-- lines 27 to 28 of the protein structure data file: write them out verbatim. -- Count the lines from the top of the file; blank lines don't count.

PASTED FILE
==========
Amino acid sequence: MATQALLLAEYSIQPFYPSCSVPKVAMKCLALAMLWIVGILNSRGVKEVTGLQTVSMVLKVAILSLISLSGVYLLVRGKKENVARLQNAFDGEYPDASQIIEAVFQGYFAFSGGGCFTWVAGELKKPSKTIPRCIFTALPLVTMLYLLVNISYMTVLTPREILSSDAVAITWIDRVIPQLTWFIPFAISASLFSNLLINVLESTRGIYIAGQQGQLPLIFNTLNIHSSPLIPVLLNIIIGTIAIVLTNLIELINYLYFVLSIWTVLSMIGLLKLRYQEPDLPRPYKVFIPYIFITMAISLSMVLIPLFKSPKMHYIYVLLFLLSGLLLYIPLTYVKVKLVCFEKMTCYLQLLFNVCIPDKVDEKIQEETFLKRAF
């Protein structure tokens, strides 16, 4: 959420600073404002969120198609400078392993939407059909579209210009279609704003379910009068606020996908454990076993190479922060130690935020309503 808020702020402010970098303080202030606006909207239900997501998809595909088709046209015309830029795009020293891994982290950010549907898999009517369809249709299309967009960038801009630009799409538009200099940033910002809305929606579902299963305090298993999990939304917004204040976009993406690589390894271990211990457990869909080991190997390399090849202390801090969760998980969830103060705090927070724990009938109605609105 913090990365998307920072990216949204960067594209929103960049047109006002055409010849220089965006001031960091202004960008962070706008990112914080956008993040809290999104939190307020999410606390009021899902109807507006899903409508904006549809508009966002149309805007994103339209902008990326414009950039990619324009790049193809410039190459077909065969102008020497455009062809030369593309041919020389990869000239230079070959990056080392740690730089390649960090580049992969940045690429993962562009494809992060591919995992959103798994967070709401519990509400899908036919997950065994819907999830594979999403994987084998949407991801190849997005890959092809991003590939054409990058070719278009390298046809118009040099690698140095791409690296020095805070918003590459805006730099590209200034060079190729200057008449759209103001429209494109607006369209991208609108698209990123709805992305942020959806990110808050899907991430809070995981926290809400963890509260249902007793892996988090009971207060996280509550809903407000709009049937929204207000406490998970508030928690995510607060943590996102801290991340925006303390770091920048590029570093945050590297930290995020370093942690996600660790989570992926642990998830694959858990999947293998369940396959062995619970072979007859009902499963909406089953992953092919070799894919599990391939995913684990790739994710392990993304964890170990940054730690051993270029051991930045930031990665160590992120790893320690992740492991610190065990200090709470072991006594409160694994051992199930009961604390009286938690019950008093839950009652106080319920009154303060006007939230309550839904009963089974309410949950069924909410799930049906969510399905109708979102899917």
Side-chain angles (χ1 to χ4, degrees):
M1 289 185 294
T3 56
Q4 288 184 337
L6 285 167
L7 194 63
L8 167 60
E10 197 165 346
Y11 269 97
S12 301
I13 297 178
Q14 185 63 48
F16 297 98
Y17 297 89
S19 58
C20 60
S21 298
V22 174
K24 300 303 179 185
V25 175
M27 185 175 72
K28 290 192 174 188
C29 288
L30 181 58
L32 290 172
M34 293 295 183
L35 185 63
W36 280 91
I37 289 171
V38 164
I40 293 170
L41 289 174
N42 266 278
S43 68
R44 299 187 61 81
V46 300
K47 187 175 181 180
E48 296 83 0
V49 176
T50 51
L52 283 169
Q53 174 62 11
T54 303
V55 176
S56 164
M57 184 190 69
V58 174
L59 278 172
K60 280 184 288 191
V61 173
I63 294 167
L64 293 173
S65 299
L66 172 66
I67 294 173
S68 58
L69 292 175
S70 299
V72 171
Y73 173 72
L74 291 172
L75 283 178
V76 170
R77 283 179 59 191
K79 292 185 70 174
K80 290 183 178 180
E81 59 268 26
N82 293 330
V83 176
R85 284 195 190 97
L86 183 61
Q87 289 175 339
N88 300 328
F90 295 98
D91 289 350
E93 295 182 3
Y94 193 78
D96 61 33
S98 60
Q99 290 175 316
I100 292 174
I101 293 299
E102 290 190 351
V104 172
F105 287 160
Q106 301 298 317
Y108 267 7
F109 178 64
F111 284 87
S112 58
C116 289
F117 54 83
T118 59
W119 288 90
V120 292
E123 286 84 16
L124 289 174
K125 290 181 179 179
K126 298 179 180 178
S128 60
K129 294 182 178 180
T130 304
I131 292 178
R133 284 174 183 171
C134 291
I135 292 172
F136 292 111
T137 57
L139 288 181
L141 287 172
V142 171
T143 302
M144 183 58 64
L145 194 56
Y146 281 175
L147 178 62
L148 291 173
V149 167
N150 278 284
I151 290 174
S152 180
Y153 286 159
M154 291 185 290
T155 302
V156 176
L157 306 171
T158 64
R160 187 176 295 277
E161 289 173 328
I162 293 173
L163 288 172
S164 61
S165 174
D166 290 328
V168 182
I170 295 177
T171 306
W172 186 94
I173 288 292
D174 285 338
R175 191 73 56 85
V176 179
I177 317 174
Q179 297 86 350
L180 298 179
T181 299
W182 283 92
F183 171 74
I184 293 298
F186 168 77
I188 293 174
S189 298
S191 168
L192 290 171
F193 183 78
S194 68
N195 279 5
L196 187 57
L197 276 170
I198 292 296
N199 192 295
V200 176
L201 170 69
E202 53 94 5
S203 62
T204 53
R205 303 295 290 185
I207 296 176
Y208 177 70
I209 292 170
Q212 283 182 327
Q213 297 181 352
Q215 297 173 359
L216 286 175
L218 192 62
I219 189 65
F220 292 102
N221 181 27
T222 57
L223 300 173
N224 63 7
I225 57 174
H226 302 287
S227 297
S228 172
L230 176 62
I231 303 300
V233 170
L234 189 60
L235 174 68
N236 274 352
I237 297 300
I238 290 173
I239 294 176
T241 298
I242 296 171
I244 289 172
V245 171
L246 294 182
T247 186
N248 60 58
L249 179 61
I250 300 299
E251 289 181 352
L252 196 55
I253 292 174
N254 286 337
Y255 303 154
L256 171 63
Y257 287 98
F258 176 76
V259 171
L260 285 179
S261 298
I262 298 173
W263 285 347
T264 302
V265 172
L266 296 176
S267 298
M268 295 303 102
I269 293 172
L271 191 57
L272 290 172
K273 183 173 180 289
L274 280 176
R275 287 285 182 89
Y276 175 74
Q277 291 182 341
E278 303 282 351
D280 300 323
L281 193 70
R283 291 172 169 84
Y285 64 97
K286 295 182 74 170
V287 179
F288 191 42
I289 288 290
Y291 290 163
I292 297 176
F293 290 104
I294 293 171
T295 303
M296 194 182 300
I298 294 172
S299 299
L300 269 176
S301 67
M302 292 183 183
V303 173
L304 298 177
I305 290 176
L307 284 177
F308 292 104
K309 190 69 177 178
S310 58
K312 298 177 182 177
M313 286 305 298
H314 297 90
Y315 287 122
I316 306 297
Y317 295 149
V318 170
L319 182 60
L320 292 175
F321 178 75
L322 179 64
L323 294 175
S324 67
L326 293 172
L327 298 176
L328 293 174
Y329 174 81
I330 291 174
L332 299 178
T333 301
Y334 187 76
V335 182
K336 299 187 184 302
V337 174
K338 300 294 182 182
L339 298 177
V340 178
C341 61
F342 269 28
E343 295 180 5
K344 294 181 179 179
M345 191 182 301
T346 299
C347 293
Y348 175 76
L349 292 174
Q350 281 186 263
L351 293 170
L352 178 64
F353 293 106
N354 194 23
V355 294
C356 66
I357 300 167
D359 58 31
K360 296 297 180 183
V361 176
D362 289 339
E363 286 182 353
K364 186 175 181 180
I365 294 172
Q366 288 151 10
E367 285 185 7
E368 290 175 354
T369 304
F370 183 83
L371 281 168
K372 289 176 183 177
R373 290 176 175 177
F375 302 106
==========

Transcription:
L32 290 172
M34 293 295 183